Here’s the secret: there is no way to tell timely stories with a three month lag. Kill the section!
Nobody needs to see 10-week old stories about a volleyball tournament or a long-past alumni event.
Campus news sections made sense 25 years ago, when it was all but impossible to get regular updates any other way. Today, you can get campus news online or in email blasts.
Take cues from top-notch print quarterlies like Nautilus, which replaces “news” with short takes on a variety of issues, or Denison Magazine, which uses its front pages to dive into beautiful packaged features that are typically linked to recent recognition that the school has received (here’s one on researchers; here’s another on journalists and writers).
Save your print magazine for what it does best: telling beautifully crafted and packaged stories about your school and its people.
4. Unfocused print alumni magazines will continue to see big cuts.
For decades, print alumni magazines were able to get away with sloppy positioning, lackluster storytelling, and ho-hum design. When it came to sharing information with far-flung alumni, what other options were there, really?
But along came the web, social media, and all sorts of shiny new tools.
Alumni magazines headed to the chopping block as schools began pouring resources into these new platforms. Schools trimmed their magazines’ page counts, scaled back the number of issues, and slashed budgets. Some magazines ceased publication entirely.
Honestly? Some have deserved it!
Some magazines featured rehashed content, poor design, and mindless boosterism. Some schools had no desire to make a good print publication, and it showed.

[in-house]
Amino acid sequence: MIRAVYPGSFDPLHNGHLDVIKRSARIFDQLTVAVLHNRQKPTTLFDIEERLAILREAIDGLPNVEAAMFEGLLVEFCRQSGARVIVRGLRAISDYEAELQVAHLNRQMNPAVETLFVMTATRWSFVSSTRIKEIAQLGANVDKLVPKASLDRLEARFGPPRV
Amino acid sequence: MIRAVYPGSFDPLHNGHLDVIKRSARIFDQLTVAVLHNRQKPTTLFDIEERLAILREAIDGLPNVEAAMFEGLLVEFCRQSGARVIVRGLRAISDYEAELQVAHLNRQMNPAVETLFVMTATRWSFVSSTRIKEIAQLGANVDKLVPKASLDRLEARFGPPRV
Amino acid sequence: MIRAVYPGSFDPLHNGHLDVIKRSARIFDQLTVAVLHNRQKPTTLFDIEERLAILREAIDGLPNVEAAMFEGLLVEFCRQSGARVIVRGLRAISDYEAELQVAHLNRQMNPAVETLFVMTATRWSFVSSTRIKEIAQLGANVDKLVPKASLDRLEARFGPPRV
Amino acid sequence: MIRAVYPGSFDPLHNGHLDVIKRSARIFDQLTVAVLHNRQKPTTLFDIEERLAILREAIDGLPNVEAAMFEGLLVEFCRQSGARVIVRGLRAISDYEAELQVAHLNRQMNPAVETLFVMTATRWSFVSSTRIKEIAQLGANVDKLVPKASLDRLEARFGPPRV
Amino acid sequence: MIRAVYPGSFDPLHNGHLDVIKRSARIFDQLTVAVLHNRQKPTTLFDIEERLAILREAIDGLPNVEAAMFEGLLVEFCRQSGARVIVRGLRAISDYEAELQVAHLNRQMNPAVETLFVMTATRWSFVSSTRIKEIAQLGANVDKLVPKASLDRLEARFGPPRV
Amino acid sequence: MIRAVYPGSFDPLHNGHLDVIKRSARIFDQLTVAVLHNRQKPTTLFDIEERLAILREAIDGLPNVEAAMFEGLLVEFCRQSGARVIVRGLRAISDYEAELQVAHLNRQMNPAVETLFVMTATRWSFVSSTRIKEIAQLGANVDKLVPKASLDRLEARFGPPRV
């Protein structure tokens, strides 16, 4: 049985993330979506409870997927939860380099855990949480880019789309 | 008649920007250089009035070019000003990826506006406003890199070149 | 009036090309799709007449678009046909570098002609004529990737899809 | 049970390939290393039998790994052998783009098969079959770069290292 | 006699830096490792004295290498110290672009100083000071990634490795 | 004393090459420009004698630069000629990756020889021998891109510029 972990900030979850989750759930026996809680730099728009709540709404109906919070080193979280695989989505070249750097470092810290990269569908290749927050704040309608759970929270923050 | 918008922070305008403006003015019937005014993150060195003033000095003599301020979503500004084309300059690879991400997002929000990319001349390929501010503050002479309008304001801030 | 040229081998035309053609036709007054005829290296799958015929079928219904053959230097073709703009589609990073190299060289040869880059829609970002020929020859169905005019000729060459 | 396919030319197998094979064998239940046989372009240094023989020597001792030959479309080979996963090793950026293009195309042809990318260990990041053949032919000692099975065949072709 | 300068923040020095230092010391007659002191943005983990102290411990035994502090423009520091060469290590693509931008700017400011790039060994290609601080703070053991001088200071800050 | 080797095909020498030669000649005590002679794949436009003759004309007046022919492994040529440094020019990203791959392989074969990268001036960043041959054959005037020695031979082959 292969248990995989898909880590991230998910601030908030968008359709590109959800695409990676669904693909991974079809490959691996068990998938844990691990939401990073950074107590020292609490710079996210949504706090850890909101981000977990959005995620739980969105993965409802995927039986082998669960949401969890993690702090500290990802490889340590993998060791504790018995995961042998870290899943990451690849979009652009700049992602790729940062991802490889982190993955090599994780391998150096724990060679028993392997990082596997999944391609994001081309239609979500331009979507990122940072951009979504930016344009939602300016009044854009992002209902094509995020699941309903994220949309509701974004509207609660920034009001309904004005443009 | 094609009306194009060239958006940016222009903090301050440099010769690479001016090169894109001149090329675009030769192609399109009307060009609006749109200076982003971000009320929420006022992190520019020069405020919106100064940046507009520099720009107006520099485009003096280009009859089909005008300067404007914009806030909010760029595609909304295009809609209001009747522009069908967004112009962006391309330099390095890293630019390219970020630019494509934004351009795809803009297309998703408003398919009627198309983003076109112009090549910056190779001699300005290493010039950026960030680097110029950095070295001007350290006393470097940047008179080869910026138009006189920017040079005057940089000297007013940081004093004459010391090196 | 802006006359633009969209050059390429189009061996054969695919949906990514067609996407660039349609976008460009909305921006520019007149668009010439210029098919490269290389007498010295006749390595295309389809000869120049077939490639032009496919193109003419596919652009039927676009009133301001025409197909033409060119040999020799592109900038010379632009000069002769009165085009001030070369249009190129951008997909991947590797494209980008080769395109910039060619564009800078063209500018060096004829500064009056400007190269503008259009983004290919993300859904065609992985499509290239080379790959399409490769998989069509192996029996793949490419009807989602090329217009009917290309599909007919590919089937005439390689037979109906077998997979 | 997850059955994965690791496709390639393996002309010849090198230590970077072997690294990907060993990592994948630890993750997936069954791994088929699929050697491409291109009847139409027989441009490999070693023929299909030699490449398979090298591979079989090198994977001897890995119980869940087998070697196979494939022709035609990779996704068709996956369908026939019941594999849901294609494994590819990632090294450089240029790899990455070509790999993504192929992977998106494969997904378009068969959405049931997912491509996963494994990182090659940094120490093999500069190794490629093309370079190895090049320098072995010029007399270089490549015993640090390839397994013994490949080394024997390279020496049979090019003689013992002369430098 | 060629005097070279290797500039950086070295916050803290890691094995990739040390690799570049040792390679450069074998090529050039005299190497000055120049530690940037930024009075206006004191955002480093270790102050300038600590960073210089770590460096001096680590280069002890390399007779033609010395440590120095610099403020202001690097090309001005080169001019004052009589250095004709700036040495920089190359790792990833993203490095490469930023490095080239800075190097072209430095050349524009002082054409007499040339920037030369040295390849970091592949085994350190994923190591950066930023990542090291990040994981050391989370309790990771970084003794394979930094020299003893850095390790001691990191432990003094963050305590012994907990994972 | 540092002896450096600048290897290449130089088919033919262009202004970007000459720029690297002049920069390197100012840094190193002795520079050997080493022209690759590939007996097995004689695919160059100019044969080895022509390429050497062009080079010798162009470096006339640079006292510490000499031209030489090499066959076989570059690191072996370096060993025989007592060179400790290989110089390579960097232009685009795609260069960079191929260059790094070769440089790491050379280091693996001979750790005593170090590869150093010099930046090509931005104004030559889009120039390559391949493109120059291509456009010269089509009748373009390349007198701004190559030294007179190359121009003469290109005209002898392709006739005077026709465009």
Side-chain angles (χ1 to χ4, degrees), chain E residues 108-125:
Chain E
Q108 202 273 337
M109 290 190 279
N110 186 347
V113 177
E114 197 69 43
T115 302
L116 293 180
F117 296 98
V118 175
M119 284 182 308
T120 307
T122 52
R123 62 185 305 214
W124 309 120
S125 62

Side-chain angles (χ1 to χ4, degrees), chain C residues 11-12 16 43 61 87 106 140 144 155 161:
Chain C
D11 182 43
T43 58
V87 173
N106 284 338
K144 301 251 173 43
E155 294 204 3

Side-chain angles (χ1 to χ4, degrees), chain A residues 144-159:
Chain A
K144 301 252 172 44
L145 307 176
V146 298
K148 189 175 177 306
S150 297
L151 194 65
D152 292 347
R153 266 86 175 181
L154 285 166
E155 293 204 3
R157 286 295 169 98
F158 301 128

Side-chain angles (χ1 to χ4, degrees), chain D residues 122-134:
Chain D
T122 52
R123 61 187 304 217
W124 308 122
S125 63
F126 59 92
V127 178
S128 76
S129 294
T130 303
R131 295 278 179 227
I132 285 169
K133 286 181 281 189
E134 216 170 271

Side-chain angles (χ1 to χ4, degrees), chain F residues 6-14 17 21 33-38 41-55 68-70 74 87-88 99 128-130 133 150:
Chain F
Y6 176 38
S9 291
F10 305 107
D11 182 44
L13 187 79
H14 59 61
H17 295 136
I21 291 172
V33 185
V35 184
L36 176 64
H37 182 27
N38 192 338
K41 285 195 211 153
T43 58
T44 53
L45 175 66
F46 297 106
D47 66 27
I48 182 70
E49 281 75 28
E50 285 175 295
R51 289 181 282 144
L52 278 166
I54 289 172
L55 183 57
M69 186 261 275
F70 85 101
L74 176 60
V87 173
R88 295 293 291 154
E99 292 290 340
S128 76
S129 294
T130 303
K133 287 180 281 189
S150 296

That said, online magazines are no panacea. I have yet to hear from an editor who’s found a sizable alumni audience online, no matter how beautiful the site or how brilliant the content.
But I’ve *definitely* heard from folks whose efforts to move content online have fallen flat. (See my interviews with an editor who helped develop a magazine app and one whose print magazine was scrapped in favor of online content as part of larger sustainability efforts — but revived after alumni raised their concerns.)
Print magazines are “boring” compared to lots of tech out there today. But they work.
I’ve had the chance to review plenty of statistically significant surveys from colleges that have found that their alumni magazines still get plenty of attention.
The reality is this: paper, print, and mailing costs will continue to rise. Magazines will continually have to earn their keep by focusing relentlessly on their audience and delivering beautiful and engaging stories, art, and design.
I strongly believe print alumni magazines, done well, can and will remain the flagship communications tool for alumni and donors. Research shows that good alumni magazines get and sustain readers’ attention.
If you’re reading this post, you probably actually care about your magazine! And that’s a great start.
But if you don’t have the proper goals, focus, and support, your magazine could be headed for extinction as well.
What do you think? Agree? Disagree? Let me know your predictions for the coming year!